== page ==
Batman: Year One – written by Frank Miller, this story is the essential starting point for the current incarnation of the Dark Knight.  Young handsome socialite Bruce Wayne has returned to his hometown of Gotham after spending many years abroad.  Around the same time, Detective James Gordon transfers into the Gotham Police Department, but is quickly disgusted by the level of corruption, and does what he can to remain one of the city’s good cops.  Starting on opposite sides, by the end the vigilante and the hero cop form an alliance to bring hope back to a hopeless city.  A major, major influence on Batman Begins.

The Long Halloween – widely regarded as ‘Year Two’ in the Batman universe, this old school murder mystery has the Batman trying to track down a mysterious serial killer who’s taking out members of Gotham’s underworld on holidays.  Batman and Det. Gordon are joined on their crusade by young charismatic District Attorney Harvey Dent, but a tragic accident turns their friend into a very dangerous enemy.  Yep, a major influence on The Dark Knight.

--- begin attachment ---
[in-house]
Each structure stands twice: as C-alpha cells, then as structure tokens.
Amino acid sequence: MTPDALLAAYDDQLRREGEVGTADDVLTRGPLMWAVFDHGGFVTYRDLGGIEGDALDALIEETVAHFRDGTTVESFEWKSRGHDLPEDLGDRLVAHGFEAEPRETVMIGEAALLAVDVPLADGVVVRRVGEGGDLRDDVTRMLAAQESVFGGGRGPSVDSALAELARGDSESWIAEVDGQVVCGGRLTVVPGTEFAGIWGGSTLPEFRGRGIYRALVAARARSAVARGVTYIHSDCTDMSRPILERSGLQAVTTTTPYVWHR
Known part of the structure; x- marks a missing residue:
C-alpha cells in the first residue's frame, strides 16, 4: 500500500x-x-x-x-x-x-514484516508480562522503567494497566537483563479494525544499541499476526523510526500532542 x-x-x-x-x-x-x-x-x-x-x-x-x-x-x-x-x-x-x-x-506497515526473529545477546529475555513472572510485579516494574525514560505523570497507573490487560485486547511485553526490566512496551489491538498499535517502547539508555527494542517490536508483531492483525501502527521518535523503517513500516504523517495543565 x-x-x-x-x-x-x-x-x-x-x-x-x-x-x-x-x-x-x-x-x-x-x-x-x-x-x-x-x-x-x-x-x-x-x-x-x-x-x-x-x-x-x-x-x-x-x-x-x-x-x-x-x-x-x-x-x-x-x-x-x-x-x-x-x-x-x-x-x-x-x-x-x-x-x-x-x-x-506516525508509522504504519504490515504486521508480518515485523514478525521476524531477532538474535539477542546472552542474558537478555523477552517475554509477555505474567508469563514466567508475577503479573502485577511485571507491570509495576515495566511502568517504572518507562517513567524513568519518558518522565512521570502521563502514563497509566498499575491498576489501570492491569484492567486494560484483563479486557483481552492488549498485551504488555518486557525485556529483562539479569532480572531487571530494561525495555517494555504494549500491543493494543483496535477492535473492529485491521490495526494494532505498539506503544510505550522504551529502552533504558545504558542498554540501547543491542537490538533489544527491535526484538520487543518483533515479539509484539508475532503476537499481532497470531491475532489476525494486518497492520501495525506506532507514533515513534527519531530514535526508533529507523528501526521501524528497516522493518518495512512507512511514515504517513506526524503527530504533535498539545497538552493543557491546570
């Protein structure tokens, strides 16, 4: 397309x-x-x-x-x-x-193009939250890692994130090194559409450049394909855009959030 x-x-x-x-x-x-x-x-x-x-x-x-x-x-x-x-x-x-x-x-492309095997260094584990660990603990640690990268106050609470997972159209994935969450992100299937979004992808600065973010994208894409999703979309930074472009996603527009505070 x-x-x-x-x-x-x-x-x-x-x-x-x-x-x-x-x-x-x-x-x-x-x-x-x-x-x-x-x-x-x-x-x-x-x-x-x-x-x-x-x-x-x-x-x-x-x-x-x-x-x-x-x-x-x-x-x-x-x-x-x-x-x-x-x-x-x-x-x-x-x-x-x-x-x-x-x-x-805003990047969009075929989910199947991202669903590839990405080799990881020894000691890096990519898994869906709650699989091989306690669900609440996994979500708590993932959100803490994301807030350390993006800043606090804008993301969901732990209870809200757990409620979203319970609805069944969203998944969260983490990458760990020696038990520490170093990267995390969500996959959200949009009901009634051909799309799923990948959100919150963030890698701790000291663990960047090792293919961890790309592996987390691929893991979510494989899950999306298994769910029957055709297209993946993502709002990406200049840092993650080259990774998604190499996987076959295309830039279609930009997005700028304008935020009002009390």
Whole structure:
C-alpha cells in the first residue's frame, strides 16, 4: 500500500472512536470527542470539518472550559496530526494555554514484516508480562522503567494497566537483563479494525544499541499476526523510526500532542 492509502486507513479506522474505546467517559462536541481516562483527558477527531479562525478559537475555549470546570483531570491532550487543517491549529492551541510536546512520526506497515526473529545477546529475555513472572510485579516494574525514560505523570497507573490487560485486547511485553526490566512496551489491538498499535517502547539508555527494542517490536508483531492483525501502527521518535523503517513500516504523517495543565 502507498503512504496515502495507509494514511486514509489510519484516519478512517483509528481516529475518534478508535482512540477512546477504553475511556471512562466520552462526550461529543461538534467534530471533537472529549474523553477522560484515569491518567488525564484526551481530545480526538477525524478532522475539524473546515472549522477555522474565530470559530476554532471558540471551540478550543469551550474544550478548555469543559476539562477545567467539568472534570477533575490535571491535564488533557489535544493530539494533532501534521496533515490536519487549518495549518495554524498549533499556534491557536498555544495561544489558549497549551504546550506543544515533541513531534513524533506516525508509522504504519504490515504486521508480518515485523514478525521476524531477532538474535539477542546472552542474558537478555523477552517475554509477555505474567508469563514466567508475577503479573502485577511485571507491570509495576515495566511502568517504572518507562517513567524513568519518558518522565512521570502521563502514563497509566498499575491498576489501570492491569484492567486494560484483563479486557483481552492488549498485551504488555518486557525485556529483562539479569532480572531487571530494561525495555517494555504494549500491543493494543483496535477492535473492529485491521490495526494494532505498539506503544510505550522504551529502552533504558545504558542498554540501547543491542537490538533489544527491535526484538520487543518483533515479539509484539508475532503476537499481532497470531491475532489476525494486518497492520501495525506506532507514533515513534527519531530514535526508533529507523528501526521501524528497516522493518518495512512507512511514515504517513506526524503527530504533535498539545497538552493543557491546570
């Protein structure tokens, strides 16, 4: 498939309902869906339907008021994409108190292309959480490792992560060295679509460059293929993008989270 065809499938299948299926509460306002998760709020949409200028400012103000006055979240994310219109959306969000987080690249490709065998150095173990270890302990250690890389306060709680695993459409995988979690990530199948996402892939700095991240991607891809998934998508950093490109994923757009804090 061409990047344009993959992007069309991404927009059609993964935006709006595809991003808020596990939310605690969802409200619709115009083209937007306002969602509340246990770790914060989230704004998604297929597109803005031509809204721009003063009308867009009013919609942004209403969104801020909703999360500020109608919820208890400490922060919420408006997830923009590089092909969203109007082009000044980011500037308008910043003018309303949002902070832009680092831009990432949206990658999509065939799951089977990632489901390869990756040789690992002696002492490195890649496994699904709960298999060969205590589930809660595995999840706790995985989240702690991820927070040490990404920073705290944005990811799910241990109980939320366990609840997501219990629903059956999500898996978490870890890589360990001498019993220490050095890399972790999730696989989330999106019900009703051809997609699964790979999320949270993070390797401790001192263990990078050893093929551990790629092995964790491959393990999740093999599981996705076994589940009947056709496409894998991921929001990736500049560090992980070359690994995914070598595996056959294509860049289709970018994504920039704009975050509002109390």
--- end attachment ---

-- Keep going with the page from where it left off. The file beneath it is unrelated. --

Dark Victory – Set a year after the events of the Long Halloween, a new serial killer is on the loose, with all signs pointing toward Harvey ‘Two Face’ Dent.  In the early stages of the Batman’s crusade, a tragic accident at the circus leaves a young acrobat orphaned.  Feeling a kinship with the kid, Bruce takes him under his wing, eventually as a partner.  The modern day introduction of the Dynamic Duo.